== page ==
The Notice solicited comment from the public as to whether, and under what circumstances, the three factors listed above (or any other factors) provide a basis for CWA jurisdiction over isolated, intrastate, non-navigable waters. The Notice in the Federal Register also requested public comment on whether the CWA regulations should define "isolated waters," and if so, the factors to be considered in determining whether a water is or is not isolated for jurisdictional purposes. Finally, the Notice sought technical information regarding the resource impacts to wetlands and other waters that may be affected by the issues raised by the Notice. Comments or information in response to the Notice were required to be submitted by April 16, 2003 (this was an extension from the original deadline of March 3, 2003).

Legal Memorandum by Corps and EPA
Along with the Notice, the Corps of Engineers and EPA issued a Joint Memorandum, signed by their general counsel, providing clarifying guidance regarding federal wetlands jurisdiction in the wake of the SWANCC decision. In it, the top legal counsel at the Corps and EPA instruct their staff to stop using the Migratory Bird Rule and to check with their headquarters before relying on related bases of jurisdiction.

The Joint Memorandum states that in light of SWANCC, field staff of the two agencies should not assert CWA jurisdiction over isolated waters that are both intrastate and non-navigable, where the sole basis for asserting such jurisdiction rests on any of the Migratory Bird Rule factors. In addition, field staff are directed to seek formal, project-specific headquarters approval prior to asserting jurisdiction over such waters based on any of the other three factors listed above (i.e., waters used by interstate or foreign travelers, by fish sold in interstate commerce or by industries in interstate commerce). However, field staff are instructed by the Joint Memorandum to continue to assert jurisdiction over traditional navigable waters and their adjacent wetlands and, generally speaking, their tributary systems and adjacent wetlands.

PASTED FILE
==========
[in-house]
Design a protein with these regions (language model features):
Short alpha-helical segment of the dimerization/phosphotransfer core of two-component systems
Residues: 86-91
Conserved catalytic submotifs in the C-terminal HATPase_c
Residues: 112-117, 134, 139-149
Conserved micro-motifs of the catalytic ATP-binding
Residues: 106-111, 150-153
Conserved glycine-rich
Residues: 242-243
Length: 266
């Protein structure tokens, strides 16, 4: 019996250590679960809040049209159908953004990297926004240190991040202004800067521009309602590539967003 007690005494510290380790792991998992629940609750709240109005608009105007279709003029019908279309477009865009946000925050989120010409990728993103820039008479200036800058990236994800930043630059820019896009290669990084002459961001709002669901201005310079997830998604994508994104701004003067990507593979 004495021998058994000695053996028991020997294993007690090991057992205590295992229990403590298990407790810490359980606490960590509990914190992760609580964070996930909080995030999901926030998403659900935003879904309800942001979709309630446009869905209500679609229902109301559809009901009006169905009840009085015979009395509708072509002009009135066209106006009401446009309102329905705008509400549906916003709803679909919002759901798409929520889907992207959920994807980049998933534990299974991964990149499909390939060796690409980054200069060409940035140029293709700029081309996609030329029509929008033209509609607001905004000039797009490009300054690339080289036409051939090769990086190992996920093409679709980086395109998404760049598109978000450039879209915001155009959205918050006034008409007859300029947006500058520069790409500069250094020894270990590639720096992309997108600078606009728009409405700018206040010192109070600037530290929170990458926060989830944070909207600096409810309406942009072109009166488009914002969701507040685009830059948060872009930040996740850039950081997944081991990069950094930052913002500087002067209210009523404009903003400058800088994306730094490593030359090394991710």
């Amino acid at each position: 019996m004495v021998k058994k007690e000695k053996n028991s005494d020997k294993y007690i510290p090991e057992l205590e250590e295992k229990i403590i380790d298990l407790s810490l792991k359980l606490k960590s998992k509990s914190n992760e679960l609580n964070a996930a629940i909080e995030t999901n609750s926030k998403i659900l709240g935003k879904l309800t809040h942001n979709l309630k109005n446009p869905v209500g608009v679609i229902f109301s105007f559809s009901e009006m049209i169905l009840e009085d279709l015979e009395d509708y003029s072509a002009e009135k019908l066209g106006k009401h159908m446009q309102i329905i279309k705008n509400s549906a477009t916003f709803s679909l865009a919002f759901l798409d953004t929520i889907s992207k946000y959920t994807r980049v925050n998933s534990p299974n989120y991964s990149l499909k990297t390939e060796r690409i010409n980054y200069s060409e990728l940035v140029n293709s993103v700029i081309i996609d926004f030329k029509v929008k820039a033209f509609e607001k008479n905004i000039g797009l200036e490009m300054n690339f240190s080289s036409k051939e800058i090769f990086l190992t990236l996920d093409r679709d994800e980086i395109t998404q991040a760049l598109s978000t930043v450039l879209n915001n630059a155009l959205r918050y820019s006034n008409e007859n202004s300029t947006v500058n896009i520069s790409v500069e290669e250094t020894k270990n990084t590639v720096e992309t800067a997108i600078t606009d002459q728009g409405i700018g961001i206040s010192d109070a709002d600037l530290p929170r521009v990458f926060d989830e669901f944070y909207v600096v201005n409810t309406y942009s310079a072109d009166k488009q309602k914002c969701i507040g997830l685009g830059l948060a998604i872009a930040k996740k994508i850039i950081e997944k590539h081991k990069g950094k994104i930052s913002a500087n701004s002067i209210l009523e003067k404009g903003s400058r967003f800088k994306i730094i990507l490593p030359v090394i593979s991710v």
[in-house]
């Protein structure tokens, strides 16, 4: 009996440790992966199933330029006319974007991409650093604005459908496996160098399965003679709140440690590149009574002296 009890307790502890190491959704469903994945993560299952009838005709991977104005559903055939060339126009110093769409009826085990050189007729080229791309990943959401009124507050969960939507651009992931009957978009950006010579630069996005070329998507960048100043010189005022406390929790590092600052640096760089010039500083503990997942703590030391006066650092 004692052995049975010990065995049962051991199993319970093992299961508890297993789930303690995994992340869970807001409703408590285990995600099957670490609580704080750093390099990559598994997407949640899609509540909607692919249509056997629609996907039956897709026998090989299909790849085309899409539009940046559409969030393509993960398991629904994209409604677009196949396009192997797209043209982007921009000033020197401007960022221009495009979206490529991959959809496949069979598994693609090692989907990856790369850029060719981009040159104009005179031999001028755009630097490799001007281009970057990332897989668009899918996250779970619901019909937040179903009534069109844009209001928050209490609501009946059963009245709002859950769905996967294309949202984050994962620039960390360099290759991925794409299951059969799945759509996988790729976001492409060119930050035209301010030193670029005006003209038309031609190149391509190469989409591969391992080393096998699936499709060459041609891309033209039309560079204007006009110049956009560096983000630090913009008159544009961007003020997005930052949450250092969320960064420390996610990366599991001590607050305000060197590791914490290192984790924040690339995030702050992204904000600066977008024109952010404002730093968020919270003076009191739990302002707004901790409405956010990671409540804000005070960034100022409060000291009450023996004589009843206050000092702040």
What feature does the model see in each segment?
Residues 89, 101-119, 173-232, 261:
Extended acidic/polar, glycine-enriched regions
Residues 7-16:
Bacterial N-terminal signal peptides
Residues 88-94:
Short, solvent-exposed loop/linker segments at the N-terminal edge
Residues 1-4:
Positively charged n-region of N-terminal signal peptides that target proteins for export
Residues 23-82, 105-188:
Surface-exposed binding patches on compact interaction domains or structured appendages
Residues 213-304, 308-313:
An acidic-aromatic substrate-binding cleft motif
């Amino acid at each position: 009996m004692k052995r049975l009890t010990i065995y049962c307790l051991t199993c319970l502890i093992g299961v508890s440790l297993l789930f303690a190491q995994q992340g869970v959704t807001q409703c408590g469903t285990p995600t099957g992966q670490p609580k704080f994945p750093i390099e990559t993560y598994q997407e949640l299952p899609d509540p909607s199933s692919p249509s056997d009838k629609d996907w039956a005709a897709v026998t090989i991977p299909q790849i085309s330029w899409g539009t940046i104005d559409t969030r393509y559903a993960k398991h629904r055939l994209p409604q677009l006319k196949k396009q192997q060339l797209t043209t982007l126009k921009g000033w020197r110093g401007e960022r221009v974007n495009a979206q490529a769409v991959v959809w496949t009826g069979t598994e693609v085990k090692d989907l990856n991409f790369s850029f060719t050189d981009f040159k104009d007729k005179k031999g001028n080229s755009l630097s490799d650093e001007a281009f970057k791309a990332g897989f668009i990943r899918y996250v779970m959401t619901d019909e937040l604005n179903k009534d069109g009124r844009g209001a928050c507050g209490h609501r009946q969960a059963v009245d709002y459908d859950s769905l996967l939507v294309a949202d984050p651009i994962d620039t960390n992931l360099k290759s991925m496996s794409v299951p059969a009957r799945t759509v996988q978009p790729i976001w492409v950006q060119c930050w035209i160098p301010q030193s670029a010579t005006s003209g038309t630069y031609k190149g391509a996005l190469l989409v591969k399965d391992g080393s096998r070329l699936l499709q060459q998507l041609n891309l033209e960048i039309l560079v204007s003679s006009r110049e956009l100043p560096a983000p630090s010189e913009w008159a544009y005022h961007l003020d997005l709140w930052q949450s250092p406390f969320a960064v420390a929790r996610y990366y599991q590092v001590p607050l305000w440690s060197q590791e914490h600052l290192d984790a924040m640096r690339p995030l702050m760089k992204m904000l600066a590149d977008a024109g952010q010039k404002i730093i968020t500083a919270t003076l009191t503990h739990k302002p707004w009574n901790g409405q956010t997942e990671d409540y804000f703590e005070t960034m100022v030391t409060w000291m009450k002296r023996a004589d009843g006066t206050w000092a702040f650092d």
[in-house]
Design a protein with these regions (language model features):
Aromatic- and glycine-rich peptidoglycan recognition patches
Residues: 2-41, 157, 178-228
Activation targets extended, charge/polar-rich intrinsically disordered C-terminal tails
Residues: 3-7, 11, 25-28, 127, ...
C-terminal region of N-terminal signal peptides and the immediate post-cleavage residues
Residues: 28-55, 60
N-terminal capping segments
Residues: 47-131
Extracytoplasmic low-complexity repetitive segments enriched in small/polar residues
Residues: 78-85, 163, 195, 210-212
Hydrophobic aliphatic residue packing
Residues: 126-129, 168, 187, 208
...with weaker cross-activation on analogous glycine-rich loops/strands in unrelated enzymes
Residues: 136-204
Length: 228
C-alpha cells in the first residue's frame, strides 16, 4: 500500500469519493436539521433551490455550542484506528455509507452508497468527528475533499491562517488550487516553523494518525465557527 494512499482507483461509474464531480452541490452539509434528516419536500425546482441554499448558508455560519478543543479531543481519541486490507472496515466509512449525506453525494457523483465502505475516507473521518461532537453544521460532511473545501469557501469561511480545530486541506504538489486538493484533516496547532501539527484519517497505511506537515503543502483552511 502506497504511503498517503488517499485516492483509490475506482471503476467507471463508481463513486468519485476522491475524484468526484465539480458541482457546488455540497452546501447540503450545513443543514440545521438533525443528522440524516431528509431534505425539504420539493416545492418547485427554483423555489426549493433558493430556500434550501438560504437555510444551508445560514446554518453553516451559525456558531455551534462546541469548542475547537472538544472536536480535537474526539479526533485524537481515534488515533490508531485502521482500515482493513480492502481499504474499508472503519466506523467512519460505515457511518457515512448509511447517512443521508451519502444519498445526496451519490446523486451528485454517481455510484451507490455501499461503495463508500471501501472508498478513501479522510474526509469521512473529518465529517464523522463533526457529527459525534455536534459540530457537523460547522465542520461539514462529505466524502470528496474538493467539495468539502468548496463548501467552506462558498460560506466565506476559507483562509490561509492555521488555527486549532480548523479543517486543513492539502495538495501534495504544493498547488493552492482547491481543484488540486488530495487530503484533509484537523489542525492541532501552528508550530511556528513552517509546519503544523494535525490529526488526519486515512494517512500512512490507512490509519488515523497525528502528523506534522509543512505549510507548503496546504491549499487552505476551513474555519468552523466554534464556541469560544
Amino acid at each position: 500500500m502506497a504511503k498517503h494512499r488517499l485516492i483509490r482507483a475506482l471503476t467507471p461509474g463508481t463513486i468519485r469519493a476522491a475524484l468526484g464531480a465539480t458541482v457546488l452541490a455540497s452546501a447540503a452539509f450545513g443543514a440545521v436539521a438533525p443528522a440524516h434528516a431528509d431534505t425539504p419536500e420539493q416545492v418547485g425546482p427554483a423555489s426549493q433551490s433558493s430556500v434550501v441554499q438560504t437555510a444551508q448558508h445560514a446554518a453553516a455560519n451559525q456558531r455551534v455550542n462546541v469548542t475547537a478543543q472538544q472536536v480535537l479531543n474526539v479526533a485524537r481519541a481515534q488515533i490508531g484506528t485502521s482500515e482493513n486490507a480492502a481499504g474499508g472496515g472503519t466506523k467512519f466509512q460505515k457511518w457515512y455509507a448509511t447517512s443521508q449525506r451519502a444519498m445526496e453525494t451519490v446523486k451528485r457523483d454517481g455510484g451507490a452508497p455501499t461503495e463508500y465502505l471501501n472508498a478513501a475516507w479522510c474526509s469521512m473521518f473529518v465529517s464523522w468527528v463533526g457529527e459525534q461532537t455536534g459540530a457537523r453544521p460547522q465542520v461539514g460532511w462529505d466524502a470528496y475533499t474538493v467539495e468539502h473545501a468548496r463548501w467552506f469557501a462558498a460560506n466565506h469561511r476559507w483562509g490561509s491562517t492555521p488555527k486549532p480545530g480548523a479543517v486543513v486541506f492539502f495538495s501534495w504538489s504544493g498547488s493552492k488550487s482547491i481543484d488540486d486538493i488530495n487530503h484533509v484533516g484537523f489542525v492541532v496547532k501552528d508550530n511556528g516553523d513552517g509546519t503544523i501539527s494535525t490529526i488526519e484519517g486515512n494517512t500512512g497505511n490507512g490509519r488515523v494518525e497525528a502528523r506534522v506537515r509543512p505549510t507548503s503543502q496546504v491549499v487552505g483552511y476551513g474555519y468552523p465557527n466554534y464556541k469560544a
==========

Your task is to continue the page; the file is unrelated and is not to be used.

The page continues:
Conclusion
It is far too soon to evaluate the effectiveness of the new wetlands mitigation guidance in achieving the goal of preventing a net loss in wetlands functions. Indeed, as noted above, it may never be possible to quantify its effect with reliable precision, although the new mitigation database and annual public report card should help. However, what is more certain is that the regulators' change in emphasis toward functions over acreage cannot be labeled a clear victory for one side or the other. For just as a smaller replacement wetland may provide the same function, so, too, may a larger (or very expensive) wetland be required to replace the functions provided by a wetland on another site.

The proposed rulemaking and joint legal counsel memorandum on jurisdiction over isolated intrastate waters portend a more definitive change in wetlands regulation throughout the United States. If the Corps decides to abandon jurisdiction over isolated waters possessing the other factors beyond the Migratory Bird Rule (such as waters used by interstate industries or by interstate travelers for recreational purposes), a potentially large number of wetlands will no longer be subject to federal regulation. Whether you call that an abdication of federal responsibility, appropriate local flexibility, or another unfunded mandate, depends upon your perspective. But whether they like it or not, for the remainder of the present administration, stakeholders are well advised to prepare for a continued shifting of the battlefield toward state and local government.

This article originally appeared in the 09/01/2003 issue of Environmental Protection.